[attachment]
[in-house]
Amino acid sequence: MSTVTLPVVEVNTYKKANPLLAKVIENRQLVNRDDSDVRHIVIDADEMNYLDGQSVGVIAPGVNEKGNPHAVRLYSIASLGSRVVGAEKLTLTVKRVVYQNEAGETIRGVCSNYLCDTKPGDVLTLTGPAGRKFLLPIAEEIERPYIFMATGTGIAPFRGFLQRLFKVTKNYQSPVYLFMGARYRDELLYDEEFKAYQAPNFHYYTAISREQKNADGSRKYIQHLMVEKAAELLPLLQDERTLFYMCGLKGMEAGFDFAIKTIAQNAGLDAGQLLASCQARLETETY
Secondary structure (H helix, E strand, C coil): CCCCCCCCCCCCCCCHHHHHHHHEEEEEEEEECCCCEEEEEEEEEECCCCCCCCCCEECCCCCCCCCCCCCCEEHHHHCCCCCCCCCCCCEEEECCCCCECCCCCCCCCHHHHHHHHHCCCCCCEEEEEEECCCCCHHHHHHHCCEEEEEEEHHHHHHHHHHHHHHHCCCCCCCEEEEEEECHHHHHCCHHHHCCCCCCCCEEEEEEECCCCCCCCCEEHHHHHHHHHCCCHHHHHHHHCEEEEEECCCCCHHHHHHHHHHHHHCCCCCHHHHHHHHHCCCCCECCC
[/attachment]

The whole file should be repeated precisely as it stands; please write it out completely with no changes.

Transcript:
[in-house]
Amino acid sequence: MSTVTLPVVEVNTYKKANPLLAKVIENRQLVNRDDSDVRHIVIDADEMNYLDGQSVGVIAPGVNEKGNPHAVRLYSIASLGSRVVGAEKLTLTVKRVVYQNEAGETIRGVCSNYLCDTKPGDVLTLTGPAGRKFLLPIAEEIERPYIFMATGTGIAPFRGFLQRLFKVTKNYQSPVYLFMGARYRDELLYDEEFKAYQAPNFHYYTAISREQKNADGSRKYIQHLMVEKAAELLPLLQDERTLFYMCGLKGMEAGFDFAIKTIAQNAGLDAGQLLASCQARLETETY
Secondary structure (H helix, E strand, C coil): CCCCCCCCCCCCCCCHHHHHHHHEEEEEEEEECCCCEEEEEEEEEECCCCCCCCCCEECCCCCCCCCCCCCCEEHHHHCCCCCCCCCCCCEEEECCCCCECCCCCCCCCHHHHHHHHHCCCCCCEEEEEEECCCCCHHHHHHHCCEEEEEEEHHHHHHHHHHHHHHHCCCCCCCEEEEEEECHHHHHCCHHHHCCCCCCCCEEEEEEECCCCCCCCCEEHHHHHHHHHCCCHHHHHHHHCEEEEEECCCCCHHHHHHHHHHHHHCCCCCHHHHHHHHHCCCCCECCC